I applaud APA for all that you have done to improve conditions for animals in Central Texas. Particularly, in your volunteers where dedication is strong. Thank you on behalf of my furry friend, Brooks, that I got from APA 2 years ago. Couldn’t have found a better pet.

    Why are you losing the funding from the City? Is there any way that action can be changed?

  • person1

    I think everyone who loves animals would like an organization like this to succeed. Sadly, they have huge communication issues and their Volunteers and funders drop like flies after continuously having bad experience time and time again. They really need to work on their PR and in turn their reputation will return. Maybe it’s time for a New leader(s)?

    • Volunteer

      YES. I was an APA volunteer for two years, doing in-home fostering. After a horrible series of experiences, I have resigned and won’t be doing any more work for them.

      I have become convinced that the reason they are doing such a great job at keeping the City shelter “no kill” is because they simply take the animals out of AAC, and thus the city is not euthanizing them. What happens to the animals after that–especially if they receive veterinary care and what quality that care is–is anyone’s guess. In several cases, I took home fosters who would have actually been better off in the city shelter, as they at least would have received some kind of regular, adequate medical care. APA’s veterinary clinic is a joke–it is filthy, staffed by a continually rotating roster of underqualified and underpaid workers, and I won’t even get into the veterinarians themselves. No one who was paying for private veterinary services would dream of going to a clinic like that. It would be shut down.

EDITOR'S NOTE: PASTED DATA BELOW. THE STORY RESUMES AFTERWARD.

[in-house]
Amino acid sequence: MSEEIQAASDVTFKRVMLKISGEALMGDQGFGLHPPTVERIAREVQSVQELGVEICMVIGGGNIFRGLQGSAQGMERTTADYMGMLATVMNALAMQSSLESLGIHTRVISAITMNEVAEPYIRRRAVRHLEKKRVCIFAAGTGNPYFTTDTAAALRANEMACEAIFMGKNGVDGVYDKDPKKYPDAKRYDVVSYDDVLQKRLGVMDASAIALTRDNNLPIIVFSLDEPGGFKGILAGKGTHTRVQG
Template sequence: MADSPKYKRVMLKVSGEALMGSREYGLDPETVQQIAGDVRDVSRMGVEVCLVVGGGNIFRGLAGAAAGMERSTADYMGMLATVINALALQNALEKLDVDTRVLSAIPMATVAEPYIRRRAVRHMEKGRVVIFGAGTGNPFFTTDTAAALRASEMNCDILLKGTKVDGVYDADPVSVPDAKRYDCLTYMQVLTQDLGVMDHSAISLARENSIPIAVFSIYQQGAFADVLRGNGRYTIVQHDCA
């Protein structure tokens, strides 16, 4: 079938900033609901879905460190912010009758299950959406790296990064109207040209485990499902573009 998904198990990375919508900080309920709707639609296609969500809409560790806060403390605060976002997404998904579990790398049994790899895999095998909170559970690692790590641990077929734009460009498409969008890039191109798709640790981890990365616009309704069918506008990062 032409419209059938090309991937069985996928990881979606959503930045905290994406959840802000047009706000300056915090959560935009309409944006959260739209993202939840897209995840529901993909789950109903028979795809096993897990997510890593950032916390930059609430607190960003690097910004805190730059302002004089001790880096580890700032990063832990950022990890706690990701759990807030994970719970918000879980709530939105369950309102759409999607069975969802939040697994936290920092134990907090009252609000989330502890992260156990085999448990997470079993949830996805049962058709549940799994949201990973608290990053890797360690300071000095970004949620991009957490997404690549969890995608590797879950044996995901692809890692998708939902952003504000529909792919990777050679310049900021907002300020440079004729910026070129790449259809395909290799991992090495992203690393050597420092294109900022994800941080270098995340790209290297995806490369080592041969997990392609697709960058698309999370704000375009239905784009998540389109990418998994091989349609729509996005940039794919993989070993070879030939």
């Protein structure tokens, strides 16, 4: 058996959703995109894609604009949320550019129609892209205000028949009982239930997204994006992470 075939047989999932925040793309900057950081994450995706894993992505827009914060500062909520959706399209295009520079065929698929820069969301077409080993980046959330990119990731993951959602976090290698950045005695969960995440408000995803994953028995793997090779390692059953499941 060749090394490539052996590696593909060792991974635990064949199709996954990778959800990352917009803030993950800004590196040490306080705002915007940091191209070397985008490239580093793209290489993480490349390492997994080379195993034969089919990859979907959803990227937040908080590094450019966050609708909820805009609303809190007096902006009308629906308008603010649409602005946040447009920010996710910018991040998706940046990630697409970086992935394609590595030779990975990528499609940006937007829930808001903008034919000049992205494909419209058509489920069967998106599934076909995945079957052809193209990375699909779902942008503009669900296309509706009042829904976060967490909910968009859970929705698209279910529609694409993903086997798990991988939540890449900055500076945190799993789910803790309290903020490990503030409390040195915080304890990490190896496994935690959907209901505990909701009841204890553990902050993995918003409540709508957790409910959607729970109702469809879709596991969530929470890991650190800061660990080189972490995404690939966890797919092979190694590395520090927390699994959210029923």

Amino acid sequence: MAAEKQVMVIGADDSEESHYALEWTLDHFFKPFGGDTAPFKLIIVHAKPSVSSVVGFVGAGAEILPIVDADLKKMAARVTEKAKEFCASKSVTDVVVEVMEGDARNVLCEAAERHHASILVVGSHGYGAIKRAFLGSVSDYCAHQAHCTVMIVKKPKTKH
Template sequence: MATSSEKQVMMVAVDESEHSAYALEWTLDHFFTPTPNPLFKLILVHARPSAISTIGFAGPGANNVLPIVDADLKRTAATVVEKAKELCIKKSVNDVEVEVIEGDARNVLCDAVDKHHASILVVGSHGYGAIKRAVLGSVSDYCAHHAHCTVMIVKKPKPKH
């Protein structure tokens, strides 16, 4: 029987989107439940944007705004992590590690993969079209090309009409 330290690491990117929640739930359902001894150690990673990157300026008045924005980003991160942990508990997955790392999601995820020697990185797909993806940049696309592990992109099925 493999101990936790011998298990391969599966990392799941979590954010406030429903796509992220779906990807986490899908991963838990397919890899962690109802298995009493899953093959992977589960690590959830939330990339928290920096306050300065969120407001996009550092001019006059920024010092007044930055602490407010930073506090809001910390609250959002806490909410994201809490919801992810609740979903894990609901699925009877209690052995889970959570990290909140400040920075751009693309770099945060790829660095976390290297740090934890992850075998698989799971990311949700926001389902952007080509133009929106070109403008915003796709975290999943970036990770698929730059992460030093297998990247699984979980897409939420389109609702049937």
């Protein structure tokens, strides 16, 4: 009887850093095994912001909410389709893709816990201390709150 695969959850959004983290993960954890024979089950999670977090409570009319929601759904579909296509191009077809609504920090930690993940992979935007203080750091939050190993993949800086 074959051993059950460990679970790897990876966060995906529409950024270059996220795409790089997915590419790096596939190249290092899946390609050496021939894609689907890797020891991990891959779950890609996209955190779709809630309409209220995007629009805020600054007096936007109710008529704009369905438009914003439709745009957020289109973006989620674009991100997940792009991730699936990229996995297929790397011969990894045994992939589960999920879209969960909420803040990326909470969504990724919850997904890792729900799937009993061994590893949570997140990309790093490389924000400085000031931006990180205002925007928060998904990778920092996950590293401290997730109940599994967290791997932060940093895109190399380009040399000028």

What is even worse than their “vet” clinic is the bottle baby nursery. This seems like a wonderful idea, and it would be if APA had enough volunteers to keep the facility clean and the kittens fed on a regular basis. Unfortunately, they absolutely do not, and I wish every person who sees their cute little bottle baby kitten advertisements could see the reality of the conditions these little animals are living in. This room is even filthier than their vet clinic, and the stench of matted food, feces, and urine on the kittens themselves overpowers you from the lobby. The garments given to volunteers to wear while bottle feeding are even nastier–covered in old, matted gruel. They require you to be observed and supervised for SIX HOURS before you can bottle feed the kittens themselves–this is NOT rocket science.

      When I volunteered in the bottle baby nursery, there were 3 week old kittens who had not been fed in the last SIXTEEN HOURS because there were not enough people there to feed them. I saw this happen more than once–kittens who hadn’t been fed in way too long because there weren’t enough volunteers. I don’t believe it is a humane thing to do to take a tiny cat into a room covered in filth, leave them in a cage where they will fester in their own feces, and then starve them. Yes, that technically makes us no-kill from the city shelter’s perspective, but starving to death slowly is, IMO, a worse option than a quick euthanasia.